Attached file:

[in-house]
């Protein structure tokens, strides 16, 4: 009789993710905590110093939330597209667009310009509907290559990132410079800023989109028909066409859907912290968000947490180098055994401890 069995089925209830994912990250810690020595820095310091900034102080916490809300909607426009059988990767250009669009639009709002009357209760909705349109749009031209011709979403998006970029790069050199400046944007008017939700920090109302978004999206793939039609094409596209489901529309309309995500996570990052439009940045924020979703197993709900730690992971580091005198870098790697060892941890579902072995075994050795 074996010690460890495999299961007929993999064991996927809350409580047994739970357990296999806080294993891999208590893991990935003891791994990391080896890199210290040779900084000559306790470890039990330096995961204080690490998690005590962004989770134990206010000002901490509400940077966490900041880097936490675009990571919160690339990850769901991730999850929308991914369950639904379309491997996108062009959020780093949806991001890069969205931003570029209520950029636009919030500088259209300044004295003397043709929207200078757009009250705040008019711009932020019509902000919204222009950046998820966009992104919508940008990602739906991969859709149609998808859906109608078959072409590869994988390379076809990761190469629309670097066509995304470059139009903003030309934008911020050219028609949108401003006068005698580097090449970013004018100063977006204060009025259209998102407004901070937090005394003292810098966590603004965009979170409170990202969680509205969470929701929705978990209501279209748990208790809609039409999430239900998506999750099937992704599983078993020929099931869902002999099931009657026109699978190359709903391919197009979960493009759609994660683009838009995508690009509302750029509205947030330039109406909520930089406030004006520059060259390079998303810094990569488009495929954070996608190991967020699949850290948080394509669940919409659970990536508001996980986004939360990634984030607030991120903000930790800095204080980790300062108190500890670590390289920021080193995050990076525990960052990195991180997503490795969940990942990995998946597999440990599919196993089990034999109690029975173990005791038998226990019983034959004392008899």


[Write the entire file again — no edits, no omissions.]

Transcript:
[in-house]
């Protein structure tokens, strides 16, 4: 009789993710905590110093939330597209667009310009509907290559990132410079800023989109028909066409859907912290968000947490180098055994401890 069995089925209830994912990250810690020595820095310091900034102080916490809300909607426009059988990767250009669009639009709002009357209760909705349109749009031209011709979403998006970029790069050199400046944007008017939700920090109302978004999206793939039609094409596209489901529309309309995500996570990052439009940045924020979703197993709900730690992971580091005198870098790697060892941890579902072995075994050795 074996010690460890495999299961007929993999064991996927809350409580047994739970357990296999806080294993891999208590893991990935003891791994990391080896890199210290040779900084000559306790470890039990330096995961204080690490998690005590962004989770134990206010000002901490509400940077966490900041880097936490675009990571919160690339990850769901991730999850929308991914369950639904379309491997996108062009959020780093949806991001890069969205931003570029209520950029636009919030500088259209300044004295003397043709929207200078757009009250705040008019711009932020019509902000919204222009950046998820966009992104919508940008990602739906991969859709149609998808859906109608078959072409590869994988390379076809990761190469629309670097066509995304470059139009903003030309934008911020050219028609949108401003006068005698580097090449970013004018100063977006204060009025259209998102407004901070937090005394003292810098966590603004965009979170409170990202969680509205969470929701929705978990209501279209748990208790809609039409999430239900998506999750099937992704599983078993020929099931869902002999099931009657026109699978190359709903391919197009979960493009759609994660683009838009995508690009509302750029509205947030330039109406909520930089406030004006520059060259390079998303810094990569488009495929954070996608190991967020699949850290948080394509669940919409659970990536508001996980986004939360990634984030607030991120903000930790800095204080980790300062108190500890670590390289920021080193995050990076525990960052990195991180997503490795969940990942990995998946597999440990599919196993089990034999109690029975173990005791038998226990019983034959004392008899």